- Results from the first-in-human pilot trial using the NaviFUS device to open the blood-brain barrier in six patients with recurrent glioblastoma were published in Science Advances.
- Researchers used a device that combines neuronavigation and a manually operated, frameless focused ultrasound system.
The clinical results from Taiwan-based NaviFUS’ first phase I clinical trial to open the blood-brain barrier (BBB) in patients with glioblastoma has been published in the journal Science Advances. In “Neuronavigation-Guided Focused Ultrasound for Transcranial Blood-Brain Barrier Opening and Immunostimulation in Brain Tumors,” researchers enrolled six patients with recurrent glioblastoma who were scheduled to undergo surgical resection.
“This is an important study to show the breadth and depth of worldwide research that is currently underway using focused ultrasound to treat these deadly brain tumors,” said Foundation Chairman Neal F. Kassell, MD. “We congratulate the authors and NaviFUS for developing this novel, safe, and innovative way to use the technology.”
The trial design included escalating doses of focused ultrasound plus 4.8 ml of SonoVue microbubbles to transiently open the BBB at the targeted brain site. The 500-kHz NaviFUS system tested three different energy doses to open the BBB by assigning two patients to each dosing group.
Importantly, it was a first-in-human clinical trial using the NaviFUS device, which combines neuronavigation and a mobile, manually operated focused ultrasound system. It does not require a frame attached to the skull, a large space, or an expensive intraoperative MRI suite. The procedure was efficiently performed within 15 minutes, and the system achieved target accuracy within less than a 3-mm error of deviation.
While successfully establishing the safety and feasibility of the device and its navigation guidance system, the investigators also observed a dose-dependent BBB-opening effect that reverted to baseline within 24 hours after treatment. The BBB-opening effect was confirmed in the targeted regions using contrast-enhanced MRI perfusion. The researchers measured the signal intensity changes on the MR images to compare the capillary permeability at various time points. Surgical resection of the tumor tissue occurred seven days after the sonication. When performing histological assessment of the tumor tissue removed after surgery, the research team found no clinical immunologic response in the study participants.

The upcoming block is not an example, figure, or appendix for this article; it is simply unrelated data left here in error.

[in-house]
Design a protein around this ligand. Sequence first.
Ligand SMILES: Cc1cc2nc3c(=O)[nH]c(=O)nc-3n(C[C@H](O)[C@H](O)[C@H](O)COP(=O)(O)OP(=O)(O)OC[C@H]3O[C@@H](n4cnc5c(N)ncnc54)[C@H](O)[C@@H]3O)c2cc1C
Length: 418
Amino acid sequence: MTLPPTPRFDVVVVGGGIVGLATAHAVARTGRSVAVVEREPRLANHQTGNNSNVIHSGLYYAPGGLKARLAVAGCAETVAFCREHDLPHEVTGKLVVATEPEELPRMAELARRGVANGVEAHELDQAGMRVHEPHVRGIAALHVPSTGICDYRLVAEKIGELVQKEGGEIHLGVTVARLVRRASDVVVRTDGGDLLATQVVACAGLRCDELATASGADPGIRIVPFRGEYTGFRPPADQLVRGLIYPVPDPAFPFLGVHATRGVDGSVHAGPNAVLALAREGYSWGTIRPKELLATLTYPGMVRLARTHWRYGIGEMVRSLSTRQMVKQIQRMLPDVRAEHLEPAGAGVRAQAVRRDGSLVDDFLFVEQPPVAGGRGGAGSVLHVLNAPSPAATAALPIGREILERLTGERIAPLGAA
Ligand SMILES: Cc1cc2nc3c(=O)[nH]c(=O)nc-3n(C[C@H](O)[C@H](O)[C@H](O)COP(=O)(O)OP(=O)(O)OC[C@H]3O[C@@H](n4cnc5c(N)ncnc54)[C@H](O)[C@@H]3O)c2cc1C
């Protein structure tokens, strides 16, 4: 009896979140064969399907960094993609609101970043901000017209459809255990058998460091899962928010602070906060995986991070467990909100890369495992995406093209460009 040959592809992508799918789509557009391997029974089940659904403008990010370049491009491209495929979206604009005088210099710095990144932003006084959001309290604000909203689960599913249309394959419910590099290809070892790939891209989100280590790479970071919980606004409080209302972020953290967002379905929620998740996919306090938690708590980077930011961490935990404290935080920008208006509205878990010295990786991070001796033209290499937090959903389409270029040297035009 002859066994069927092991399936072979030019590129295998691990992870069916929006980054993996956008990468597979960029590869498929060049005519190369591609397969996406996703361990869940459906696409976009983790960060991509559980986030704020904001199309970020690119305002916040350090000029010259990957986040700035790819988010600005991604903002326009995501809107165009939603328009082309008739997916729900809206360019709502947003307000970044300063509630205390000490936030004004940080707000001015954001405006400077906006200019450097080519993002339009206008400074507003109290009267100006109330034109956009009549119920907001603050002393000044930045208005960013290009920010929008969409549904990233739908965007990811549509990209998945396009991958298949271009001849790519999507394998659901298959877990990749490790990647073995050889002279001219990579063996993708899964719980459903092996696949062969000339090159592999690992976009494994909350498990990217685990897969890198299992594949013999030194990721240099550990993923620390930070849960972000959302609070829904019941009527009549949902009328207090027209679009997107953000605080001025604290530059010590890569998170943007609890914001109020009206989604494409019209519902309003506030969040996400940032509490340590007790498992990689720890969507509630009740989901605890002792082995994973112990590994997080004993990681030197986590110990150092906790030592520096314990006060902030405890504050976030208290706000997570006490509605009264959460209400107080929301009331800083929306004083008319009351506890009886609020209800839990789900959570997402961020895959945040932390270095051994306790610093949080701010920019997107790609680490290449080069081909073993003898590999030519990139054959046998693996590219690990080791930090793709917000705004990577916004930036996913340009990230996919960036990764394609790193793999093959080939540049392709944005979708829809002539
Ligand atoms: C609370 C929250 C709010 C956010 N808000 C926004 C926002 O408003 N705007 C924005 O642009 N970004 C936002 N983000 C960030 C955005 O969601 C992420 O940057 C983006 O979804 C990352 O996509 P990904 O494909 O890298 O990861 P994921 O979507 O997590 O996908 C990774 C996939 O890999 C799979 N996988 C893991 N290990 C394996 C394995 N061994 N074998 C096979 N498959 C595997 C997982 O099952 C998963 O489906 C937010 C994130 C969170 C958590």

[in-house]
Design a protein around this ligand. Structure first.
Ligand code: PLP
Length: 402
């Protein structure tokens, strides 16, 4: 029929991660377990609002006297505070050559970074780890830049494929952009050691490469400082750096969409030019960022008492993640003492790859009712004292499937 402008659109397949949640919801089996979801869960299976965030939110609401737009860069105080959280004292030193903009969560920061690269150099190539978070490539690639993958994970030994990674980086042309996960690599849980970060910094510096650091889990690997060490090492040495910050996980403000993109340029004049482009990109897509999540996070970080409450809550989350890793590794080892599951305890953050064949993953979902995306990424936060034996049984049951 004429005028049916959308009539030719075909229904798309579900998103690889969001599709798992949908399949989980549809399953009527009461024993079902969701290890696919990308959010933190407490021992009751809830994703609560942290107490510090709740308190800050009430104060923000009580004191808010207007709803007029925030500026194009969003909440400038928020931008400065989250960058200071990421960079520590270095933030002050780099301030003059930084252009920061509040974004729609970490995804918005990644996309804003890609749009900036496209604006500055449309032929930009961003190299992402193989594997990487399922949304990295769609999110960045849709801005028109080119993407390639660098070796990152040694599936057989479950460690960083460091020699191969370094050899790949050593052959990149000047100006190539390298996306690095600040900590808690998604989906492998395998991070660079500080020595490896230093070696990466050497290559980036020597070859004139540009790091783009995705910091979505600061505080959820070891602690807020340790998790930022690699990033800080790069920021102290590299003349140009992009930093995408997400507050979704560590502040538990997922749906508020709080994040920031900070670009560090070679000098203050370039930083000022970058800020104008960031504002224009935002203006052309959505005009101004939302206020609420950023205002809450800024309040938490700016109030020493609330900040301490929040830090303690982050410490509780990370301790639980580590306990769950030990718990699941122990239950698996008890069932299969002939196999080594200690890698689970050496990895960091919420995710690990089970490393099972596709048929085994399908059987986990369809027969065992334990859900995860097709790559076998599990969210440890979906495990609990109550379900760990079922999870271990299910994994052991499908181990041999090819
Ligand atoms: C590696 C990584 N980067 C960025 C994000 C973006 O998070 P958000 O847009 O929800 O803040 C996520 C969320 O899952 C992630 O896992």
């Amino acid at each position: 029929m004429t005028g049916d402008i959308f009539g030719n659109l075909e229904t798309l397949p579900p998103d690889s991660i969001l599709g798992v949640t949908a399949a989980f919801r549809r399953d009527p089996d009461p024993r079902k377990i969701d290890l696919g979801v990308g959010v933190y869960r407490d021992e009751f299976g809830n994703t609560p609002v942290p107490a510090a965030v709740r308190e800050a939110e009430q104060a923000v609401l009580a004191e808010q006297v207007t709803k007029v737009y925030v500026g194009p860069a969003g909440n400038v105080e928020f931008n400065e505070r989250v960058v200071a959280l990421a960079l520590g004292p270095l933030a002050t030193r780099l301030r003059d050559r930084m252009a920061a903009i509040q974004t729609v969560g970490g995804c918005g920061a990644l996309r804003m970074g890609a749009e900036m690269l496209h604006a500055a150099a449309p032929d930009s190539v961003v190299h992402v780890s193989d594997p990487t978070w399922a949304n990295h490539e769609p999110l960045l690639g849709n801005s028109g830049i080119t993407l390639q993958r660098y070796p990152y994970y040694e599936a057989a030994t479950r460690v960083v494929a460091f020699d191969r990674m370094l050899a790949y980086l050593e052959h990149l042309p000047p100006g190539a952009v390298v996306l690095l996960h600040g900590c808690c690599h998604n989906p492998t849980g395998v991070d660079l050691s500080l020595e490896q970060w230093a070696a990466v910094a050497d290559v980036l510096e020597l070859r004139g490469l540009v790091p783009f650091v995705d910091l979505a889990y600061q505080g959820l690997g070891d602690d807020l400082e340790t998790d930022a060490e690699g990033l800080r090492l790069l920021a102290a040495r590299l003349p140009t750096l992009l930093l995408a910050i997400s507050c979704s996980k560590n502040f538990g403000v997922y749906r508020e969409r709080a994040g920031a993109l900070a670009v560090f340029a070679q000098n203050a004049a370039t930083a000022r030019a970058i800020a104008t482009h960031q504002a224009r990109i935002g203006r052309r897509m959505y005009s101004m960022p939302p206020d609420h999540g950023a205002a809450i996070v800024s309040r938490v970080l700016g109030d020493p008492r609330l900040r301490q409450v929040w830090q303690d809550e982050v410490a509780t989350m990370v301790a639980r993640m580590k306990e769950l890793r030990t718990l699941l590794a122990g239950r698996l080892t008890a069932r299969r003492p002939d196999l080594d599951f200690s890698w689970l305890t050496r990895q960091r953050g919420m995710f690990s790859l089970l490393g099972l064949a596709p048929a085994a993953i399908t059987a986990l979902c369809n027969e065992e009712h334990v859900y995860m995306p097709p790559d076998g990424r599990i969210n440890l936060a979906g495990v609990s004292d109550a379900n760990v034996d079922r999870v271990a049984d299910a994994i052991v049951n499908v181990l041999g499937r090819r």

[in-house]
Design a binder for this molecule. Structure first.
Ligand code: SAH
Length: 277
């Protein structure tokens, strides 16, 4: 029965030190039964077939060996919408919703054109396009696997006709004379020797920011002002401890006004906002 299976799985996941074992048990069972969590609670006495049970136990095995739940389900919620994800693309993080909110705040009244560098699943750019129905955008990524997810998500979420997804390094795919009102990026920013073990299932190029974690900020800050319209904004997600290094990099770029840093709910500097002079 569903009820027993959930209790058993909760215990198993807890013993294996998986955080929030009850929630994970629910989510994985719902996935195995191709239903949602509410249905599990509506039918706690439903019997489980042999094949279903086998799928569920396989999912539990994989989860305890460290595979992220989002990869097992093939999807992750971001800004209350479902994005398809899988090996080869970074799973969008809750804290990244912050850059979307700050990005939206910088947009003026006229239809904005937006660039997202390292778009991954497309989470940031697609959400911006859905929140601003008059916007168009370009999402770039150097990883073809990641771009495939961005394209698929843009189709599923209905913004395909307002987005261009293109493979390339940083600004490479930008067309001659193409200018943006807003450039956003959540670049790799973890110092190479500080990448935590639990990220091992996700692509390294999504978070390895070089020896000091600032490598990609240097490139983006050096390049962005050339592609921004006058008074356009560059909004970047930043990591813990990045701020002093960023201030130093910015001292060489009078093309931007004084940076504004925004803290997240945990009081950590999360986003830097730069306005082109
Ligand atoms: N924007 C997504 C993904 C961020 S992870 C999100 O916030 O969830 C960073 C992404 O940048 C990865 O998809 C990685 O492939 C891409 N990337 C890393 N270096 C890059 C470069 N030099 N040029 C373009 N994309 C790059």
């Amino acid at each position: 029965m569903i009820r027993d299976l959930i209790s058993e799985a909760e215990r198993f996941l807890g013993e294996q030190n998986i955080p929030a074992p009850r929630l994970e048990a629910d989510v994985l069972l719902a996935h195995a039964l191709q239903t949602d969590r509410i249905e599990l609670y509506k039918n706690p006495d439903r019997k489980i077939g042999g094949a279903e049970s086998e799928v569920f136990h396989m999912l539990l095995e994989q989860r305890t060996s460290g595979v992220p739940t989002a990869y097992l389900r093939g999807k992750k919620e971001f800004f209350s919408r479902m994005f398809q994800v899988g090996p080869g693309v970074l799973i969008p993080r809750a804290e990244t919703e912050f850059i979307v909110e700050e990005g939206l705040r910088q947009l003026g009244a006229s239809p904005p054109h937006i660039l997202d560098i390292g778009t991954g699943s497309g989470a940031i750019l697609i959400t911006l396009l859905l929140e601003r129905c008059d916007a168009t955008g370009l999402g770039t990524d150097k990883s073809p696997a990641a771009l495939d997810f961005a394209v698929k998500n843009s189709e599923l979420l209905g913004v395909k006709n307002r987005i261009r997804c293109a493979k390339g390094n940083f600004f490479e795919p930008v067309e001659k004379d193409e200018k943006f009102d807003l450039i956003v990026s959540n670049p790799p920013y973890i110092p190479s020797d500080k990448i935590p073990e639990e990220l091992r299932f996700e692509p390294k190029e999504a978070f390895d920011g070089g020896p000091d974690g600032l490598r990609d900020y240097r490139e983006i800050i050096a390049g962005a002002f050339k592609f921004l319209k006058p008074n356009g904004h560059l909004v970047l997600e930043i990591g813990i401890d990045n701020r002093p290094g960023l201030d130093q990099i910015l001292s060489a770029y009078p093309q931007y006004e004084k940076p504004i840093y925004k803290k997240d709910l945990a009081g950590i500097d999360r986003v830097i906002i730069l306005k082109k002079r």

“Because the NaviFUS system does not require a stereotactic frame, it is more comfortable for patients and requires less management from medical staff,” said NaviFUS CEO, Arthur Lung, PhD. “Furthermore, we have designed it to be compatible with any neuronavigation system, which is something that most hospitals already own and use.”
The published manuscript also reports results from a parallel preclinical study in an orthotopic rat model of human malignant glioma. The rat study was conducted using a higher dose of energy to provide possible evidence of focused ultrasound–induced immune modulation as an additional therapeutic benefit. In this model, immunological changes were analyzed on day 0 and day 7 after focused ultrasound treatment with two different sonication levels. As the focused ultrasound energy increased, the rats exhibited increasing levels of anti-tumorigenic immune cells within the tumor. Further studies will determine whether this effect is achievable in human subjects.